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Strength Trumps Conditioning for Body Improvements

Today I have a very exciting story to share! When Kristen, a Get Glutes member since day one, recently showed the forum her updated pics, my jaw dropped. I was blown away by her progress. I immediately asked her to write a guest blog for me so she could share her experiences and detail her journey. Kristen’s mental transformation has mirrored her physical transformation. I’m sure that many of my readers are frustrated with their lack of progress. So was Kristen. But she persisted and prevailed, and she learned to train smart, not just hard. So don’t give up! And Kristen, I’m damn proud of you!

2011 – The beginning of my fitness journey

I began my fitness journey in 2011 when I finished graduate school, weighing in at 162 lb and a size 12. I felt absolutely awful about my body. I had maintained the typical student diet of alcohol, processed foods and very little protein since 2004, and it showed. During my university life I dabbled in the gym, but it was mostly doing bicep curls with pink dumbbells and the 30 minutes on the elliptical. I was not consistent, I definitely did not eat to support my training, and I did not lift heavy. In April 2011 I started with a trainer at my local gym, lost a couple of pounds, but nothing drastic.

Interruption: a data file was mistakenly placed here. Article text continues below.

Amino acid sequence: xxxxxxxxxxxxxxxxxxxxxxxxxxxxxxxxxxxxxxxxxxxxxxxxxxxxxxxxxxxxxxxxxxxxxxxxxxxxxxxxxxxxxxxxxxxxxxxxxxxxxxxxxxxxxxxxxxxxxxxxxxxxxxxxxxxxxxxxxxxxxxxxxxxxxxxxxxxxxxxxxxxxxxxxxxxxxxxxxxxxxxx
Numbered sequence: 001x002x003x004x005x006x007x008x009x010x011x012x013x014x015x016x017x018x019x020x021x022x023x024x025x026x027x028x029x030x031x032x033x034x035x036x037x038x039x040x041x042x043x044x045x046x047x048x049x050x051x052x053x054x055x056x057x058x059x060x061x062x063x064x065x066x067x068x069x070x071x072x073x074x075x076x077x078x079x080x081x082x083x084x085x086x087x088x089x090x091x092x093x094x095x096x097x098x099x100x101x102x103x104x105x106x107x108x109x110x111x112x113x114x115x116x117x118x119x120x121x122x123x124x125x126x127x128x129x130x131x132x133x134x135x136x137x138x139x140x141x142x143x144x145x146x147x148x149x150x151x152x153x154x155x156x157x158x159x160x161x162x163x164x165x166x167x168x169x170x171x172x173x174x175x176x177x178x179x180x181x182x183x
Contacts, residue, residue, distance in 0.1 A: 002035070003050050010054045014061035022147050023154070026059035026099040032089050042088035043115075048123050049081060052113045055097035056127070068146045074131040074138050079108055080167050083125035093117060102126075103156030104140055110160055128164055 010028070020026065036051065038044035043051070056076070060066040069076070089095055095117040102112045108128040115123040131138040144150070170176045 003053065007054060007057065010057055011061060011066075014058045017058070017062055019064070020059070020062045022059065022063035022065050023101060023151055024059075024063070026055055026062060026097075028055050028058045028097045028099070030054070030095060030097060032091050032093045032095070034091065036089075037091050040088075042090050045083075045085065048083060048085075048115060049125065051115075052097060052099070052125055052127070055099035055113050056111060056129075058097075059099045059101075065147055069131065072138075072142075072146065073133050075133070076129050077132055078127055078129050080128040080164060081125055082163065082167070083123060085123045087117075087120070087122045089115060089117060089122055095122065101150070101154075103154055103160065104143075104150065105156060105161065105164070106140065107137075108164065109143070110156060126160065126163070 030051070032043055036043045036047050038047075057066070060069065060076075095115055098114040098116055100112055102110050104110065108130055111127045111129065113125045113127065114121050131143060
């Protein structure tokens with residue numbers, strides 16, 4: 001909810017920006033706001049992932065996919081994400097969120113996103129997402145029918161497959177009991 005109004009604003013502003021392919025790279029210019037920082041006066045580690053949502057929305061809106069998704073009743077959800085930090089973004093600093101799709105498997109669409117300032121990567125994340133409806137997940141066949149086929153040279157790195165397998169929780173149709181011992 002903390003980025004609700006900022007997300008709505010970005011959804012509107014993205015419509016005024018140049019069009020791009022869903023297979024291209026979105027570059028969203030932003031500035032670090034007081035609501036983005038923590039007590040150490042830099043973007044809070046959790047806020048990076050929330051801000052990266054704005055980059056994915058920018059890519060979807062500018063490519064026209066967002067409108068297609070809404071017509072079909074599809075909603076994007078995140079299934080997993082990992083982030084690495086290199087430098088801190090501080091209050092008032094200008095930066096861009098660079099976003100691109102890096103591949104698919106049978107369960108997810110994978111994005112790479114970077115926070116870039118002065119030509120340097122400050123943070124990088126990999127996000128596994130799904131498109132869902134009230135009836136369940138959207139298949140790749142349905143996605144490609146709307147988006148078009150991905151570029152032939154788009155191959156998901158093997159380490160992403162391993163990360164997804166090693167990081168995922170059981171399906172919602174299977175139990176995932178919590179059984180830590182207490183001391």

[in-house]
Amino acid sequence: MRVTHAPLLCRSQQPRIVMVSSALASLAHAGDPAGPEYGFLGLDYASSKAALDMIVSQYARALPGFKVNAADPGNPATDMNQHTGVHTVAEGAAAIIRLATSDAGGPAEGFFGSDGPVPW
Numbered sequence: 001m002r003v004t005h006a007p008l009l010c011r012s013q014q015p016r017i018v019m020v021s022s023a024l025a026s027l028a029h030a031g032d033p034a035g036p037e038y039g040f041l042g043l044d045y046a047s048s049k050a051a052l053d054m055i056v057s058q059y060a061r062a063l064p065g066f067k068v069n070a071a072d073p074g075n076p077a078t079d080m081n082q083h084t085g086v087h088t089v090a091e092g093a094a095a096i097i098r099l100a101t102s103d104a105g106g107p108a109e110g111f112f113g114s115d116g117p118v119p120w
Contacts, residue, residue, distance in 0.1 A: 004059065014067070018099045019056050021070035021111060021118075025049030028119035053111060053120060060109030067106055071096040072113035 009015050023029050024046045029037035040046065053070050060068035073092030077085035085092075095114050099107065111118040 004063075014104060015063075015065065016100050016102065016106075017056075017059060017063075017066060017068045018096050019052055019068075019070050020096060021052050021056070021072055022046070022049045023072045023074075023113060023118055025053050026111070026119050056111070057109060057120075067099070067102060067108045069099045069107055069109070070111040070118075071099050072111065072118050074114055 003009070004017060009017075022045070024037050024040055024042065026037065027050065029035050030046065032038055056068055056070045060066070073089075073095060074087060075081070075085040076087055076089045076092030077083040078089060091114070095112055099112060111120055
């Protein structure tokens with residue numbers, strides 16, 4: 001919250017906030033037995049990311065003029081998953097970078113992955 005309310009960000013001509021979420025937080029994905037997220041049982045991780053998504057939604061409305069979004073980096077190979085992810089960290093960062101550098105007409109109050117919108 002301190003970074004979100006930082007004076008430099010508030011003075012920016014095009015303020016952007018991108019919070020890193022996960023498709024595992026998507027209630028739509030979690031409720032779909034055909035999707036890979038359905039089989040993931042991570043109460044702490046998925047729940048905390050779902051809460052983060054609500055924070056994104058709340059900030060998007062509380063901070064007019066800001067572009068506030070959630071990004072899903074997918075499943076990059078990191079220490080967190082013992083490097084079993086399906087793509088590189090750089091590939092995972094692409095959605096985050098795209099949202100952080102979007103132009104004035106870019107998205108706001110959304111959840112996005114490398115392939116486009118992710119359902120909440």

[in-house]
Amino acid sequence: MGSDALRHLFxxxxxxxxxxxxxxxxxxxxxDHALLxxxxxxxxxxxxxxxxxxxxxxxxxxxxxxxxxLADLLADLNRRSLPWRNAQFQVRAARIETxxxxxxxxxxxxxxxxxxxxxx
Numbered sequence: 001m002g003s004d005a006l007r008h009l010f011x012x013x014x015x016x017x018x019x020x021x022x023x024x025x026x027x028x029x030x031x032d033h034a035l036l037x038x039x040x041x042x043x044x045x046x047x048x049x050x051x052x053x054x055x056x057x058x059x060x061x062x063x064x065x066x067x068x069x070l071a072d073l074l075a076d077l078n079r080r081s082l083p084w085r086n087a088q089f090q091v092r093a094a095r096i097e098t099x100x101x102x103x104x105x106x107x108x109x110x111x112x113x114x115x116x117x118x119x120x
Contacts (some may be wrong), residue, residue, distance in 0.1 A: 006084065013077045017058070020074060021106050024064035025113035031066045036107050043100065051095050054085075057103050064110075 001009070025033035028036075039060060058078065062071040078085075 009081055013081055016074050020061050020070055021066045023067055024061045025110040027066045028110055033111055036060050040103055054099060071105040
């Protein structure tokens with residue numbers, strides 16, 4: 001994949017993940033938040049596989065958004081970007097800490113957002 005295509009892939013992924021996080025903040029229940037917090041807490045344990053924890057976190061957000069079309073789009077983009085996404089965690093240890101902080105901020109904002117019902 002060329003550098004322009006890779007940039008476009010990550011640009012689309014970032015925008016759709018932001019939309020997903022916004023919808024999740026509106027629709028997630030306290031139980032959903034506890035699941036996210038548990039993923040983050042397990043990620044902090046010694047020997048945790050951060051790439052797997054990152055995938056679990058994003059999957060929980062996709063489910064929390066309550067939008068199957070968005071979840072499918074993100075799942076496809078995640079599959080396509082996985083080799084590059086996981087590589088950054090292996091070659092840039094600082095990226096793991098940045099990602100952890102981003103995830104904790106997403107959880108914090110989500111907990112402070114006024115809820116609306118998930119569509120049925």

End of 2012 – Excessive cardio and carb restriction

Near the end of 2012 I discovered HIIT and began doing a combination of HIIT workouts, kettlebell workouts, spinning classes, Bikram yoga, and running 5 – 10 km 6 – 7 days a week. I was determined to lose weight/body fat and I would do multiple workouts a day and take 1 rest day a week maximum, which usually involved Bikram yoga, so I wasn’t really resting. This was total overkill and my body was hurting – I suffered from joint problems, ganglion cysts on my feet, nerve issues and constant numbness in my toes, sore wrists from an excess number of burpees – I was always in pain from exercise. At the same time I was eating extremely low carb and low fat (all whole foods, but just protein and ultra-low carb veggies) and binge-eating on crap on Saturday, and often Sunday too. I could easily put away 3000-4000 calories a day on the weekends since I felt so deprived during the week. It was like the weekend would arrive and I thought I’d never be able to eat again, so I would just eat ALL the food, and then shame myself for eating so much.

It was a mentally exhausting process and at the time I didn’t really understand that I was suffering from disordered eating and that this was drastically changing my relationship with food. Although I was binge-eating, I did lose weight during this time, but not many inches, so my clothing size didn’t change much and I didn’t look much different. I had lost a lot of muscle and my ass got really flat, and I was still “skinny-fat” despite working so hard doing a ton of exercise. I was frustrated and confused as to why these methods weren’t yielding the results I desired. In December 2012, I started reading about women lifting heavy weights, and I came across articles by Bret, about “advanced programming for glutes” – I dabbled in the prescribed exercises, but really didn’t have a clue what I was doing in terms of setting up a program.


Jan 2013 – start of Get Glutes